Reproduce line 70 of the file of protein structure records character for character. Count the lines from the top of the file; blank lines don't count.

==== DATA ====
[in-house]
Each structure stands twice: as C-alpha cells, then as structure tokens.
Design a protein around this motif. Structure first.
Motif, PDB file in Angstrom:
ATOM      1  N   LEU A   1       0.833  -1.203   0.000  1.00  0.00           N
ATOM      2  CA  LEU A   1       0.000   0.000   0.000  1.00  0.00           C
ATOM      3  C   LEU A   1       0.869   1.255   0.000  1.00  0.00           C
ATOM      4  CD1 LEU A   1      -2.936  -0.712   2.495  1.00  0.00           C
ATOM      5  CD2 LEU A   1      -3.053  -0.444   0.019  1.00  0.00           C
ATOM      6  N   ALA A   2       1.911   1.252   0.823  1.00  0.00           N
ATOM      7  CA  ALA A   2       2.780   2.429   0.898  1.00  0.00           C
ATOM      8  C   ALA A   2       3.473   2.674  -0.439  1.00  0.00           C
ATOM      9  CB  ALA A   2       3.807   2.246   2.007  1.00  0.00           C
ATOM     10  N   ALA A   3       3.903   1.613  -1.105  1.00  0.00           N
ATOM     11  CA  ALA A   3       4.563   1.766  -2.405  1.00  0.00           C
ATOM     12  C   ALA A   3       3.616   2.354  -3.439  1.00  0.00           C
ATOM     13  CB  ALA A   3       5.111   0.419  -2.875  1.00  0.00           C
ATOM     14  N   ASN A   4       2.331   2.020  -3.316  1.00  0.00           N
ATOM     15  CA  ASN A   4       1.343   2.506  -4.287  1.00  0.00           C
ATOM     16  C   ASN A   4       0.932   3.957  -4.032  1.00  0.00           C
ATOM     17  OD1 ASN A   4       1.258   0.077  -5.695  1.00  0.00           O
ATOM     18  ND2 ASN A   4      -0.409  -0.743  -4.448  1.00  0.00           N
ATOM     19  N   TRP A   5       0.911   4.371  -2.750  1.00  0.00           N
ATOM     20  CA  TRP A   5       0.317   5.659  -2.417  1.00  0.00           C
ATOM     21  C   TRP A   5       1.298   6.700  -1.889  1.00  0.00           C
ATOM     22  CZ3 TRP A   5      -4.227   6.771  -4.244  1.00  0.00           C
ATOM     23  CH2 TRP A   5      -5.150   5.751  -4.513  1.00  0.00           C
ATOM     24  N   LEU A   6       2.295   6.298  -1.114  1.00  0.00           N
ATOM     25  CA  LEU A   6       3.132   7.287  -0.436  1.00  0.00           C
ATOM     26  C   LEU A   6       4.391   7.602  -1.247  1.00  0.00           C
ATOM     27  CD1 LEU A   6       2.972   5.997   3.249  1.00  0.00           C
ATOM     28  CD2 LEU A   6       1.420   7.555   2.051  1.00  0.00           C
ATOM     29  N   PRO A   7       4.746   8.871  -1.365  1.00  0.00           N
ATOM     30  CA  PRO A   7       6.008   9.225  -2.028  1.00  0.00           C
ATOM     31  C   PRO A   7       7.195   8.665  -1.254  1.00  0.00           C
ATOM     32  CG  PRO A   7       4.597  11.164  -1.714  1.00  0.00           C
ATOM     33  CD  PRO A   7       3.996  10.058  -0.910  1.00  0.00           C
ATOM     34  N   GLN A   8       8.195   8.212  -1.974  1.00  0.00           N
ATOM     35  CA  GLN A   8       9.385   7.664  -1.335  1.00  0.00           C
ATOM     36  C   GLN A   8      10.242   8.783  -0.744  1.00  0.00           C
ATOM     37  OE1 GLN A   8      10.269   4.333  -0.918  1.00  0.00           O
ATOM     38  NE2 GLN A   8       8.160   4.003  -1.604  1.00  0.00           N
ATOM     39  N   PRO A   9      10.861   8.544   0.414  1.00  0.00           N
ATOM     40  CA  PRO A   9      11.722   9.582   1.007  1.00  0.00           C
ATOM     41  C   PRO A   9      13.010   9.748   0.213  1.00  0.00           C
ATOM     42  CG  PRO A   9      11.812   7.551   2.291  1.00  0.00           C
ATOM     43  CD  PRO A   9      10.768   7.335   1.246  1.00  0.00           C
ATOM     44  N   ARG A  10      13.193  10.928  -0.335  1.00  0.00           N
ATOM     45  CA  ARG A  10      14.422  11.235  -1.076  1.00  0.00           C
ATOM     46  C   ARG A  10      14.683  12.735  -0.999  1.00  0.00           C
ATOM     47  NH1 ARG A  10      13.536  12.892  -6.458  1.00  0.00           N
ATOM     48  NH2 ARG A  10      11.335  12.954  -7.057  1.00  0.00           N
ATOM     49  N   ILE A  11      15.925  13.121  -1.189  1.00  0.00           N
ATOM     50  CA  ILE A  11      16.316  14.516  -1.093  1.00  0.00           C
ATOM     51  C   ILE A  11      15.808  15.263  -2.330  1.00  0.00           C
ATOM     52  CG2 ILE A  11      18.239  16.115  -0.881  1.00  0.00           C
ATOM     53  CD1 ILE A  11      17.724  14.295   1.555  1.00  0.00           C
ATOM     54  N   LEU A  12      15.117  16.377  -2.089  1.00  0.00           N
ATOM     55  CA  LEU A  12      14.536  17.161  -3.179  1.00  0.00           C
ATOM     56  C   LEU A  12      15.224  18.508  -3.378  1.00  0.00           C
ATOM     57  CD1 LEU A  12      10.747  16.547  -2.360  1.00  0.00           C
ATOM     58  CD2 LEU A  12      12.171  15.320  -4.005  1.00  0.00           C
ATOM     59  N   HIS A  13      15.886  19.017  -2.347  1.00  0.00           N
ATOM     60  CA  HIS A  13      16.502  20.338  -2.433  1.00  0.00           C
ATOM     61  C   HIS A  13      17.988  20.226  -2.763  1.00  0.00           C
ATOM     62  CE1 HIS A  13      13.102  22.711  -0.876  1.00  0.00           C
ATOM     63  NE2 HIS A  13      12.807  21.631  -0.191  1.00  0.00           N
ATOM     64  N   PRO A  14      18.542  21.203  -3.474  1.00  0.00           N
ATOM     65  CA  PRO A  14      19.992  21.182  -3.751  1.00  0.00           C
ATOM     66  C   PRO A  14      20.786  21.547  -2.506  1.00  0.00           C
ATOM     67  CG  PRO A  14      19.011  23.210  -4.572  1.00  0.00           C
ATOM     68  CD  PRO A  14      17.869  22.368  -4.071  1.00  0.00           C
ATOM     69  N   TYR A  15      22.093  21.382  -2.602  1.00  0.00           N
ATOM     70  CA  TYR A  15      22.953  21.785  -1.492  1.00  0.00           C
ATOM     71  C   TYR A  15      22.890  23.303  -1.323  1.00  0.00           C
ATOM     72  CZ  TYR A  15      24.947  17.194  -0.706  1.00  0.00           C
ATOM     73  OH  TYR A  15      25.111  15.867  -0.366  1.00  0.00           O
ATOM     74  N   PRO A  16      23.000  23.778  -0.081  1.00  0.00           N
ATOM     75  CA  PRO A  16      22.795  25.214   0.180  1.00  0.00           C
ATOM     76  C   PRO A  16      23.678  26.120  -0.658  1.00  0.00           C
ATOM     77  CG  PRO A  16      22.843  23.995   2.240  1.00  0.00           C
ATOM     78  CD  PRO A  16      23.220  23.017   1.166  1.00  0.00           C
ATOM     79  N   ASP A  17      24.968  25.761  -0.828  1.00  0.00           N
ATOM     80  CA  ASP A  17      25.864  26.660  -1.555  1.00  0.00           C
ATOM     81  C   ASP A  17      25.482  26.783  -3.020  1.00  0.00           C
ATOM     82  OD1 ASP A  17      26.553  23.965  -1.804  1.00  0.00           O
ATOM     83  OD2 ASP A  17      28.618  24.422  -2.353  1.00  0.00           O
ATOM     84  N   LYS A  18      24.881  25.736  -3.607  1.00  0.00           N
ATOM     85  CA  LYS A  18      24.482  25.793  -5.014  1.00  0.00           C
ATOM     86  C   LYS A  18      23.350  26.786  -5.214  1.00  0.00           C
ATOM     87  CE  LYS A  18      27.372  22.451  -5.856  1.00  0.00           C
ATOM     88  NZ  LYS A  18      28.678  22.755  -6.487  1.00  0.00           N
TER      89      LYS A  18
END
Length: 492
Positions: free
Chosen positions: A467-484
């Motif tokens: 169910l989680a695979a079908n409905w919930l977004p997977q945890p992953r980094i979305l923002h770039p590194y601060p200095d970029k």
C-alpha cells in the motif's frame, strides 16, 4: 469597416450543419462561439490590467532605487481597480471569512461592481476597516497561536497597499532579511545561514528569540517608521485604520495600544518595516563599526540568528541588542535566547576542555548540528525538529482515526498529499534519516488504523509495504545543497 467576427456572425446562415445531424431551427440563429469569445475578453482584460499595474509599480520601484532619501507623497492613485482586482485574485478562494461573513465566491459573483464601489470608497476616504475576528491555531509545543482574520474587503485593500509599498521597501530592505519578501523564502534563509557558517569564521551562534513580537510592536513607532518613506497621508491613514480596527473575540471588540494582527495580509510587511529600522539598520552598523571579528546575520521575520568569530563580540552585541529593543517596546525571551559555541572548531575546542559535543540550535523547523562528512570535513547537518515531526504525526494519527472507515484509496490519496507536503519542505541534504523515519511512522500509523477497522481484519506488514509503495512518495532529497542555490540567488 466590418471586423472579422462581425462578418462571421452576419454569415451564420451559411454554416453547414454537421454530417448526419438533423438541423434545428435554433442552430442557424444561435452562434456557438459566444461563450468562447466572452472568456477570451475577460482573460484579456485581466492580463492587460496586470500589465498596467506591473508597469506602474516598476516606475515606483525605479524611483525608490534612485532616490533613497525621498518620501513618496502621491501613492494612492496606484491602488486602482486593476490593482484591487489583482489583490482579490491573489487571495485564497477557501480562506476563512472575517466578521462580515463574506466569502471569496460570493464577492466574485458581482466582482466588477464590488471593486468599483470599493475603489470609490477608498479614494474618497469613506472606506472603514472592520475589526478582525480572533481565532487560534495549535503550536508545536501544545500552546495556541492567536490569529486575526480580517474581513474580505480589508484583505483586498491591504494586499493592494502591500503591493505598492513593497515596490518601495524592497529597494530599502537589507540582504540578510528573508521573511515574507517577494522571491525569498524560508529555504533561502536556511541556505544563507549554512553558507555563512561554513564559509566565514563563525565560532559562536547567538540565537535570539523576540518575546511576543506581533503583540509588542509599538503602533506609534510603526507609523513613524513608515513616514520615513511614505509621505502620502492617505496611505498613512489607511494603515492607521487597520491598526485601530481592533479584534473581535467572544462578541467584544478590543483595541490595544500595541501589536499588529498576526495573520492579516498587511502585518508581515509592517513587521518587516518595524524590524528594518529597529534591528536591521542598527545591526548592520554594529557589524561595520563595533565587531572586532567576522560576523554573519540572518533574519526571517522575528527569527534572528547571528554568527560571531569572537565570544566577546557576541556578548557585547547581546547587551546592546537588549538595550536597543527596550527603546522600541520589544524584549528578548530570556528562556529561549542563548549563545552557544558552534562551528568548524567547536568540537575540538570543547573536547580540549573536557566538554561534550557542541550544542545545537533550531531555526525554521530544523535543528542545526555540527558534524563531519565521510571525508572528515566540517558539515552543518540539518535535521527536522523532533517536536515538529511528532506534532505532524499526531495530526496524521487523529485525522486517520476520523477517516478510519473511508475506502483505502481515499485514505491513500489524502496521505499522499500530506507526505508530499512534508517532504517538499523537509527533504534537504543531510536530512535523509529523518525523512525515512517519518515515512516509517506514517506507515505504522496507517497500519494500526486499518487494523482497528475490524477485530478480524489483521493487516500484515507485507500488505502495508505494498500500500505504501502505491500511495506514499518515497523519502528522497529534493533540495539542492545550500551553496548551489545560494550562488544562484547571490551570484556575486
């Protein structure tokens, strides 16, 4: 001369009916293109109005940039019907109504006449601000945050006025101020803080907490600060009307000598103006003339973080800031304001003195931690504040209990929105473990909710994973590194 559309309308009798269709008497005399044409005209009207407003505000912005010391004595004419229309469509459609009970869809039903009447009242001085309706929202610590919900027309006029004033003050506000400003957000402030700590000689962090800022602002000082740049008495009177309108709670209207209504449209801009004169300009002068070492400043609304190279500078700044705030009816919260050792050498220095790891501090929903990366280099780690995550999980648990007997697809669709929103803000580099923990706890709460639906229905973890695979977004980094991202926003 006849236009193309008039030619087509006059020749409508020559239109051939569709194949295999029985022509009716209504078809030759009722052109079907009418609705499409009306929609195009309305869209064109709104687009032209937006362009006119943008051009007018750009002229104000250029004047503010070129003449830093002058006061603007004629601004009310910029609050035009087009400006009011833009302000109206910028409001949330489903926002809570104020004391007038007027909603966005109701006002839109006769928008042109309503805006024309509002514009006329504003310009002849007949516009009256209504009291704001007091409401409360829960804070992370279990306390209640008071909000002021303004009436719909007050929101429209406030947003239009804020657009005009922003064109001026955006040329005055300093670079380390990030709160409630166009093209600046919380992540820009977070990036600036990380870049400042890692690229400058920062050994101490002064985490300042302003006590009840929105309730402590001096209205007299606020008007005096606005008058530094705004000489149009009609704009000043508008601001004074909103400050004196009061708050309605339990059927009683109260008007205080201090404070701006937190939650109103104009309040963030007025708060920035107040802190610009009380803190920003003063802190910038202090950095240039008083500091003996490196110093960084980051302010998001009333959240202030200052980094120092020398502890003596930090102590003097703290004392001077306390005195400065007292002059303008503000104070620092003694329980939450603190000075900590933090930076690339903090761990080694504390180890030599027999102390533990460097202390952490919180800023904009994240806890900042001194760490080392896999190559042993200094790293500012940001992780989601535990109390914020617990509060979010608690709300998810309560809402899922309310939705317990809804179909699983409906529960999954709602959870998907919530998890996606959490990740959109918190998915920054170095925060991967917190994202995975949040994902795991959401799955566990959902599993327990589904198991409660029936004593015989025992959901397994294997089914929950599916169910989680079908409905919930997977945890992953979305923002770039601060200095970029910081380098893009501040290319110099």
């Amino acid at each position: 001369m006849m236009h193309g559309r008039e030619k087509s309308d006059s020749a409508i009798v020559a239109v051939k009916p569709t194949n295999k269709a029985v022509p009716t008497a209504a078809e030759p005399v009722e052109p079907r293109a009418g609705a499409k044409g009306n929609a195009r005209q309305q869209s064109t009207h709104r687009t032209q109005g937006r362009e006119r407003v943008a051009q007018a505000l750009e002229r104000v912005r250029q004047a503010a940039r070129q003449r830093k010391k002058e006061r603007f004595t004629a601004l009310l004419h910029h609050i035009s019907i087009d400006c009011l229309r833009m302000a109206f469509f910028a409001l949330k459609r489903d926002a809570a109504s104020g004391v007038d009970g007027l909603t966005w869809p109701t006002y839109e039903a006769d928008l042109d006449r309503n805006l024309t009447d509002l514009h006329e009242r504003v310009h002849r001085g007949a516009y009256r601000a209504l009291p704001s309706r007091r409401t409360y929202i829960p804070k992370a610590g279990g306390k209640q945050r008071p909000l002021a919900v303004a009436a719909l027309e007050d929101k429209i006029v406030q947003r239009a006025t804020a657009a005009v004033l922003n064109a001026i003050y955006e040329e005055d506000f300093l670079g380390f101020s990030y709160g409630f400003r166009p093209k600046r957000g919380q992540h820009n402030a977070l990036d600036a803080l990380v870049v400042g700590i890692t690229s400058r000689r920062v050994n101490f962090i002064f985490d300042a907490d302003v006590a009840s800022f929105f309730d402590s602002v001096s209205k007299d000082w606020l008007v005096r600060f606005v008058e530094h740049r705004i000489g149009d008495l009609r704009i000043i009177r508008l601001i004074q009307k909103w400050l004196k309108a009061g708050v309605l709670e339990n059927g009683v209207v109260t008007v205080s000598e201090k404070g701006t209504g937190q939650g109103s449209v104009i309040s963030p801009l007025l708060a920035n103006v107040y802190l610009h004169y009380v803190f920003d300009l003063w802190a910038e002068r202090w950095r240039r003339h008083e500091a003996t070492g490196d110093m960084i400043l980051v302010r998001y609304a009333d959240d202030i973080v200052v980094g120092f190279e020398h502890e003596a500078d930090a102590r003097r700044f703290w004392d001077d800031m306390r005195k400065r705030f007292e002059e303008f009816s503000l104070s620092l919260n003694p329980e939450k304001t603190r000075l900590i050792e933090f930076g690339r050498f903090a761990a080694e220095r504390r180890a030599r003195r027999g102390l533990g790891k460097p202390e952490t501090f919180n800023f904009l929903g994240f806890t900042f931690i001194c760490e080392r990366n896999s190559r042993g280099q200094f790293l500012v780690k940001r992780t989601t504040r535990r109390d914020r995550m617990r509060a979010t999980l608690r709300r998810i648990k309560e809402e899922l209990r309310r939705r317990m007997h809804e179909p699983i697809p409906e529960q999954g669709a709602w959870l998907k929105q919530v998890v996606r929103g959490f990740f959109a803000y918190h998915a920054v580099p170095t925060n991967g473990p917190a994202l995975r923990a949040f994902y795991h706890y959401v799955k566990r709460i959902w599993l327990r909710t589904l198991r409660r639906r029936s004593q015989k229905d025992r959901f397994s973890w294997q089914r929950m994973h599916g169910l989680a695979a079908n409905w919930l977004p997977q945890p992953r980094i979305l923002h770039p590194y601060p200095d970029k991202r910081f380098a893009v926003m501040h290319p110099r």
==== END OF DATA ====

ATOM     66  C   PRO A  14      20.786  21.547  -2.506  1.00  0.00           C